My tip to you: make sure you bring a sweater or a windbreaker. It’s all about layering people! It’s a few degrees cooler out on the water and you’ll appreciate it if you happen to find yourself sitting in an open area. (And bring a hairbrush, if your coiffure easily veers towards the Unintentional Windblown Look.)

I found the pace of the tour worked well for me. Five hours may seem daunting, but it actually passes very quickly. There are snacks available for purchase on board (I think I even spied someone with a beer, and yes, there are bathrooms too) and the tour narrative was pretty interesting (there’s talk about shipwrecks and rum runners and such). We further broke up the time taking photos, exploring the three levels of the boat, and just watching the sights pass us by.

There's a lot to see on the water

An island of cormorants. And a few osprey.

There is no shortage of things to see. This is, after all, a 1000 islands tour. I bet you won’t be able to get through this tour without pointing out the window and asking your seat mate, “Can you imagine living there?”

Thousand Island living (and tiny lighthouse!)

Cutest island home, ever.

Of course, the grandaddy of all is Boldt Castle, located on one of the U.S. islands. (This is why you need to bring your passport with you.) The story of Boldt Castle is beautiful and sad. Wealthy hotelier George Boldt built the castle for his wife Louise and their two children. She passed away before it was completed and he never returned. The island and the buildings are full of his love for her.

Louise Boldt

Front foyer at Boldt Castle. Note the heart and the B.

The Arch, at Boldt Castle

A view of Boldt Castle from the grounds

A receiving room, Boldt Castle.

The dove cote, Boldt Castle.

The unfinished castle was abandoned, and sold, and abandoned again, and everything was damaged by weather, time, and vandals. A lot of money has been spent restoring it, although restoring is the wrong word to use here since much it wasn’t even finished in the first place.

One of the most interesting things was seeing the unfinished and damaged parts of the building. These were to be the servants’ quarters on the fourth floor:

The servants' quarters, Boldt Castle

A turret with a view, Boldt Castle

The whole thing is hauntingly beautiful. And don’t miss the view from the fourth floor!

Soon it was time to find our kids and grab a bite to eat. We had a surprisingly good fried lunch at the concession stand (although in hindsight, bringing a picnic to eat on the grounds would have been amazing) and then it was time to board again.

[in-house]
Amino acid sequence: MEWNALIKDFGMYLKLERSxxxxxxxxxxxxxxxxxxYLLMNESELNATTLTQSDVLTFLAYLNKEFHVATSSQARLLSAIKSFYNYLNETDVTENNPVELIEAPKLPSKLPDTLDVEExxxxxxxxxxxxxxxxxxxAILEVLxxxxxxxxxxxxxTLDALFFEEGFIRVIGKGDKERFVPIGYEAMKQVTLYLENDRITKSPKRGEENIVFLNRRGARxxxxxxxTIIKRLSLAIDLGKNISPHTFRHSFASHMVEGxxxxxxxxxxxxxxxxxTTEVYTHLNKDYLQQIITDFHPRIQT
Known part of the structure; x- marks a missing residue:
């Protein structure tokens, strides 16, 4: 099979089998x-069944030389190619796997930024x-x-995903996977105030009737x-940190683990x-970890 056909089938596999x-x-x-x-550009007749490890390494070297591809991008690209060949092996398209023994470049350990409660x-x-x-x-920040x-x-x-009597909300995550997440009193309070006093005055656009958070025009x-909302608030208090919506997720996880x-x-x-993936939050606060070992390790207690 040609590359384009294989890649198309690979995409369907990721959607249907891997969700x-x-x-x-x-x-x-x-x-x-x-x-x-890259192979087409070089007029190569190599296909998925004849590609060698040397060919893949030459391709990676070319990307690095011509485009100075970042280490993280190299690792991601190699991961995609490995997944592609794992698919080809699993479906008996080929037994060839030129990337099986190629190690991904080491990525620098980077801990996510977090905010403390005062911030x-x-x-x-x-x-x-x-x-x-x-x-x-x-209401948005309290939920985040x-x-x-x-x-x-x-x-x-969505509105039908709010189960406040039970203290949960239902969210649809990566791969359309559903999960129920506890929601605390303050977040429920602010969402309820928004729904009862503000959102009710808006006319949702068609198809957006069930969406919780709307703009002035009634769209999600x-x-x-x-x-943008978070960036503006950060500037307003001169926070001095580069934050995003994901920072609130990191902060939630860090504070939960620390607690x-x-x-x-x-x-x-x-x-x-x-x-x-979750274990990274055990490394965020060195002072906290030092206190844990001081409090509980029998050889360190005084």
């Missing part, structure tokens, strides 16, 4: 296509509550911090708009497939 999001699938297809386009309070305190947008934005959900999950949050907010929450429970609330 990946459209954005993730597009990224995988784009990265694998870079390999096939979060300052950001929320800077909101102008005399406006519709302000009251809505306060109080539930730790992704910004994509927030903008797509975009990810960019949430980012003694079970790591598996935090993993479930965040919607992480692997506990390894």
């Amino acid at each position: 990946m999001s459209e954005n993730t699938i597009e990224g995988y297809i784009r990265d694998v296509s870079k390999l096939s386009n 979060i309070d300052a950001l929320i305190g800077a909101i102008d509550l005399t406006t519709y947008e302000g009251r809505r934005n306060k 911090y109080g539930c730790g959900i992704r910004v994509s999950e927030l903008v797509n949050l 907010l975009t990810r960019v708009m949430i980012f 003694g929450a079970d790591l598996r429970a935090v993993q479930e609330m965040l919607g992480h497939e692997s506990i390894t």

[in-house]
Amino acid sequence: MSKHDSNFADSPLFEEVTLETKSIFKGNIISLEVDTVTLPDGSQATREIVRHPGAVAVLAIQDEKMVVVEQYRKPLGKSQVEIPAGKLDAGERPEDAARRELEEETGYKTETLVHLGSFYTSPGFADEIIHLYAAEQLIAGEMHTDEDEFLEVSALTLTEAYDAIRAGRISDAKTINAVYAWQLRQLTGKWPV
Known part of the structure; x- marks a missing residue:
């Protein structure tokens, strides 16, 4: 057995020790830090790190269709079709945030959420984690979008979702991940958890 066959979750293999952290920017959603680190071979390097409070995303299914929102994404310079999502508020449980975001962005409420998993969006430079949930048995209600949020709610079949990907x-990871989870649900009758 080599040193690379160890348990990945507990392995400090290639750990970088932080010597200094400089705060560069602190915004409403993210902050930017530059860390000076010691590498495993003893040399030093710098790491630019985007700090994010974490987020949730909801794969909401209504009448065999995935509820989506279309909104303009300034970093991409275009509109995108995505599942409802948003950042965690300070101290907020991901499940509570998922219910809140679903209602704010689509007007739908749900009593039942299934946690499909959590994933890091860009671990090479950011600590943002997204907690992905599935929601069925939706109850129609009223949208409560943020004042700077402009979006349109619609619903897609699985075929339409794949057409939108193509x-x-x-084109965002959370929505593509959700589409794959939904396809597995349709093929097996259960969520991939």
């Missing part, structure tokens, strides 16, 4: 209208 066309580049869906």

Our boat for the Gananoque Boat Lines 1000 Islands tour

The return ride seemed a little quicker, although there was just as much to see on the route back. We were pretty pooped from our exploration of the castle and we swapped notes about the things we saw; the dove cote, and the bowling alley in a MINI CASTLE for the kids (!), the power station, and the underground tunnel. It’s all so fascinating. They seem to have thought of everything, but the story of Boldt has stuck with me. George Boldt thought he had it all, and then he lost the one thing that really mattered. A home is only a home if the people you love are there with you, isn’t it?

For years, we’ve been driving past Silver Springs Farm, which is right on the edge of Bell’s Corners in Ottawa about five minutes from Bayshore Shopping Centre.

I’ve always been intrigued by their roadside signs promising fresh garlic, but every year we somehow missed the small window of opportunity to check it out for ourselves. Well, this is a good news/bad news post because although I am happy to report that THIS WAS THE YEAR we made it there at the right time, but today, Sunday, is the last day of garlic sales.

This is the sight that greets visitors when they turn off the main road:

Silver Springs farm #latergram

There's something about old barns... Silver Spring #latergram

Here’s why this place is so important.